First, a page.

Debt Relief in Canada: Your Alternatives to Filing for Bankruptcy
Realizing that you are in debt is enough to put you at your wit’s end. This is no time, however, to panic and make rash decisions such as filing for bankruptcy; after all, it’s not the only option you have for settling your debts and if anything, bankruptcy should be considered a last resort. Here are some other options for debt relief in Canada that you should consider before filing for bankruptcy.
File a Consumer Proposal
Under the Bankruptcy and Insolvency act, a consumer proposal is a formal procedure offered to all your creditors that proposes new terms for payment. Your creditors can choose to accept or decline your offer but if they accept, you can pay reduce the amount of debt you have and pay over a period of time up to 5 years.
Try Informal Proposals
This solution is the counterpart of filing a consumer proposal and requires you to be in direct contact with each of your creditors to draw up a plan for settling your debts. The creditors will consult your financial details to determine whether they can make better returns as opposed to you declaring bankruptcy. Informal proposals can be among your best options for debt relief especially if you have sufficient knowledge or if you are in contact with an expert in debt.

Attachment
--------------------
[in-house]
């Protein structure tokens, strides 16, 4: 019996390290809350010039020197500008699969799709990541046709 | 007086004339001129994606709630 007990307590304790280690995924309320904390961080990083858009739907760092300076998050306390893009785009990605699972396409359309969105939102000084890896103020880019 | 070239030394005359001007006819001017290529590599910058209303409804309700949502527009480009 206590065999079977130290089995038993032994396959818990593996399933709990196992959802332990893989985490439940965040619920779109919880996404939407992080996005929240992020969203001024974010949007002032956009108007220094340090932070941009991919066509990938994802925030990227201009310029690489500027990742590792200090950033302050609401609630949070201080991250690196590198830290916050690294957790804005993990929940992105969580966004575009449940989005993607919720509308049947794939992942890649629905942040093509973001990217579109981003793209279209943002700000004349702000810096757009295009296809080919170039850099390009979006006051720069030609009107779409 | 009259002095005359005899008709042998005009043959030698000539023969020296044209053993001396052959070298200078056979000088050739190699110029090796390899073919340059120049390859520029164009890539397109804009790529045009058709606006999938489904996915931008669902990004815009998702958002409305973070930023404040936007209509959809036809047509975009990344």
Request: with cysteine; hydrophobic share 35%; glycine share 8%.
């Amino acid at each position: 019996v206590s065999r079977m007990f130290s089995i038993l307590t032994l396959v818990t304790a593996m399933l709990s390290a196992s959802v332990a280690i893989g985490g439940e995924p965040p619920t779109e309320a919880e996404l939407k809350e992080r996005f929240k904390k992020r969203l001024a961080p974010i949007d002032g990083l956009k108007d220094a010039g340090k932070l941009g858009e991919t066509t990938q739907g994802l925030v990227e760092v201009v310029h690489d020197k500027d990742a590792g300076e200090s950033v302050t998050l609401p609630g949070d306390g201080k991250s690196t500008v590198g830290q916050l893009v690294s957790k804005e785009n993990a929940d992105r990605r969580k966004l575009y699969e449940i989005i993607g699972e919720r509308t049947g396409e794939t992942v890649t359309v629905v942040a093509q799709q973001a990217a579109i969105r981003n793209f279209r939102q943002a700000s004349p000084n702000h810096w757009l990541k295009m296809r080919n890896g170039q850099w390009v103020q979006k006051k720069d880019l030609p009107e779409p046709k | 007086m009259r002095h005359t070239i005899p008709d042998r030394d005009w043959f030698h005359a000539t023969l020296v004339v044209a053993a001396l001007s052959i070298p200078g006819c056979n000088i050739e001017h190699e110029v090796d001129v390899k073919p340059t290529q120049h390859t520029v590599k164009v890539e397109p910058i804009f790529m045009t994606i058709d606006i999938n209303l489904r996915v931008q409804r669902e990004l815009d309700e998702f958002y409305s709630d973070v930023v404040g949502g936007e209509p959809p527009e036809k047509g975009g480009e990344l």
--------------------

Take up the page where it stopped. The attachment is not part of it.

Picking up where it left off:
If you think your debts are still small enough for you to handle yourself, you can certainly try to settle your debts on your own. You can do this by really looking at where the problem lies – your budget. It is a good idea to track how much money you are making versus how much you are spending. If you find that you are putting out more than you are bringing in, come up with a more controlled spending plan with an emphasis on paying down your debt.
Another option is to sell your assets. This is one of the most common solutions, for people although it might just be a temporary one. While you could try handling your debt by yourself, it will be far wiser to enlist the aid of Debt Relief Consultants like Blair Greenwood. Do this and you’ll soon be ready to start anew.
(Source: You Owe Money — Your Options, Industry Canada)